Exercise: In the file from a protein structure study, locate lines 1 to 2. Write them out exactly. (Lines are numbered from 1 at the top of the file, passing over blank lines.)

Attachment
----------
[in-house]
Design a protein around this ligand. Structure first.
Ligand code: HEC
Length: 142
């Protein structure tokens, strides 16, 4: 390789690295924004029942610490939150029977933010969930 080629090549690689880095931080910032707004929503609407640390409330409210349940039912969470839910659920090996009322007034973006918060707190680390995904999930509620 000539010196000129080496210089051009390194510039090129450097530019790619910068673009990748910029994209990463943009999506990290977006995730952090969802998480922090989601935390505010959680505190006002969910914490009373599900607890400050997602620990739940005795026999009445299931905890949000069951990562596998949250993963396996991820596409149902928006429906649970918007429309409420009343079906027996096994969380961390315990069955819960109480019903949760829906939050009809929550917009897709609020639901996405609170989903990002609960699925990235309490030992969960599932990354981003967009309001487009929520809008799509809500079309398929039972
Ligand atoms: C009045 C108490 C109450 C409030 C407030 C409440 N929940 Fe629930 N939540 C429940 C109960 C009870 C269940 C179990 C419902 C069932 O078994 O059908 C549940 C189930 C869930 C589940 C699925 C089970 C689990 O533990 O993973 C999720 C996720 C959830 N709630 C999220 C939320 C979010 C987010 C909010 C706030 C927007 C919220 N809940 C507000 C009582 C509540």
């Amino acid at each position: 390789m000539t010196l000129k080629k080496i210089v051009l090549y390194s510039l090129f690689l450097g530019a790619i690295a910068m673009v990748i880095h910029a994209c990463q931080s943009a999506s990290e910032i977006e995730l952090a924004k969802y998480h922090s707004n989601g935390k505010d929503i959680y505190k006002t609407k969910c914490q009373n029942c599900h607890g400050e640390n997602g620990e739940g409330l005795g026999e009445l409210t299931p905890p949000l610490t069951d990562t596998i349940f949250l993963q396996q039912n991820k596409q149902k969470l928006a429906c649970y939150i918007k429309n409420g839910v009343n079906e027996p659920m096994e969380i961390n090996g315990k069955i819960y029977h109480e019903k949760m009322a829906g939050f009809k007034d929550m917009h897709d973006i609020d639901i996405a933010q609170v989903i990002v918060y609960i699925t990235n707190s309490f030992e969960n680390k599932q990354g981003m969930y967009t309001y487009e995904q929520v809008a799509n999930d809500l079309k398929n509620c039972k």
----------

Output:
[in-house]
Design a protein around this ligand. Structure first.